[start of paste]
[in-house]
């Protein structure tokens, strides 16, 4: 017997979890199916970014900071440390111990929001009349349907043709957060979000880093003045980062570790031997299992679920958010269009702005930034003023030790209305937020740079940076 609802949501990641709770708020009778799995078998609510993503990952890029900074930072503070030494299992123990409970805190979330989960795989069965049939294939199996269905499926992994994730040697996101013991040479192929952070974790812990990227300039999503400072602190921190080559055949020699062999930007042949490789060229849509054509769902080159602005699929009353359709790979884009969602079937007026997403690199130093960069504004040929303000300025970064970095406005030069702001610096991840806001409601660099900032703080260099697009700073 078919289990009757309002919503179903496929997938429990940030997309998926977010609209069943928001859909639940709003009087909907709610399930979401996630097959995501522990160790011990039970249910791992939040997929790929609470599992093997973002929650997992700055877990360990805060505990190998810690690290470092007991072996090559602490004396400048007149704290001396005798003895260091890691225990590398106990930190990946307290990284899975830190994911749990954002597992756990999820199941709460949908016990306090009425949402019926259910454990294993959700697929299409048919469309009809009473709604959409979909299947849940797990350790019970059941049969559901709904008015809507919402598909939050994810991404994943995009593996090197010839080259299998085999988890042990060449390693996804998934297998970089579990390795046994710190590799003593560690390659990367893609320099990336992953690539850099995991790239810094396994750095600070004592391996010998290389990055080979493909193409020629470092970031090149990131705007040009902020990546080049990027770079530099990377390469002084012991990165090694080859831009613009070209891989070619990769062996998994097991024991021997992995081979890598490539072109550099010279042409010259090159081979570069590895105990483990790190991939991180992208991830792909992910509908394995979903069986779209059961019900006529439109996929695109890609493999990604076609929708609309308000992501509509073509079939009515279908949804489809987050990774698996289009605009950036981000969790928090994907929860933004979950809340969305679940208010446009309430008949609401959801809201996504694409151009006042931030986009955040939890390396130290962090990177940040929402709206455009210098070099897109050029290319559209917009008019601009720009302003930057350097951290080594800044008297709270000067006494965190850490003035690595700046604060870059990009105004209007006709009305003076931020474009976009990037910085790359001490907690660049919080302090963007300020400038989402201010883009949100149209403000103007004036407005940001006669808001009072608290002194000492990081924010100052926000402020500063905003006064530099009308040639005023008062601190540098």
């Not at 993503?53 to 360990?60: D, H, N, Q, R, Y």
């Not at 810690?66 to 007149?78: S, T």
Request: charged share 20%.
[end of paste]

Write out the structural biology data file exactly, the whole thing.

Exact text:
[in-house]
């Protein structure tokens, strides 16, 4: 017997979890199916970014900071440390111990929001009349349907043709957060979000880093003045980062570790031997299992679920958010269009702005930034003023030790209305937020740079940076 609802949501990641709770708020009778799995078998609510993503990952890029900074930072503070030494299992123990409970805190979330989960795989069965049939294939199996269905499926992994994730040697996101013991040479192929952070974790812990990227300039999503400072602190921190080559055949020699062999930007042949490789060229849509054509769902080159602005699929009353359709790979884009969602079937007026997403690199130093960069504004040929303000300025970064970095406005030069702001610096991840806001409601660099900032703080260099697009700073 078919289990009757309002919503179903496929997938429990940030997309998926977010609209069943928001859909639940709003009087909907709610399930979401996630097959995501522990160790011990039970249910791992939040997929790929609470599992093997973002929650997992700055877990360990805060505990190998810690690290470092007991072996090559602490004396400048007149704290001396005798003895260091890691225990590398106990930190990946307290990284899975830190994911749990954002597992756990999820199941709460949908016990306090009425949402019926259910454990294993959700697929299409048919469309009809009473709604959409979909299947849940797990350790019970059941049969559901709904008015809507919402598909939050994810991404994943995009593996090197010839080259299998085999988890042990060449390693996804998934297998970089579990390795046994710190590799003593560690390659990367893609320099990336992953690539850099995991790239810094396994750095600070004592391996010998290389990055080979493909193409020629470092970031090149990131705007040009902020990546080049990027770079530099990377390469002084012991990165090694080859831009613009070209891989070619990769062996998994097991024991021997992995081979890598490539072109550099010279042409010259090159081979570069590895105990483990790190991939991180992208991830792909992910509908394995979903069986779209059961019900006529439109996929695109890609493999990604076609929708609309308000992501509509073509079939009515279908949804489809987050990774698996289009605009950036981000969790928090994907929860933004979950809340969305679940208010446009309430008949609401959801809201996504694409151009006042931030986009955040939890390396130290962090990177940040929402709206455009210098070099897109050029290319559209917009008019601009720009302003930057350097951290080594800044008297709270000067006494965190850490003035690595700046604060870059990009105004209007006709009305003076931020474009976009990037910085790359001490907690660049919080302090963007300020400038989402201010883009949100149209403000103007004036407005940001006669808001009072608290002194000492990081924010100052926000402020500063905003006064530099009308040639005023008062601190540098």
């Not at 993503?53 to 360990?60: D, H, N, Q, R, Y």
């Not at 810690?66 to 007149?78: S, T």
Request: charged share 20%.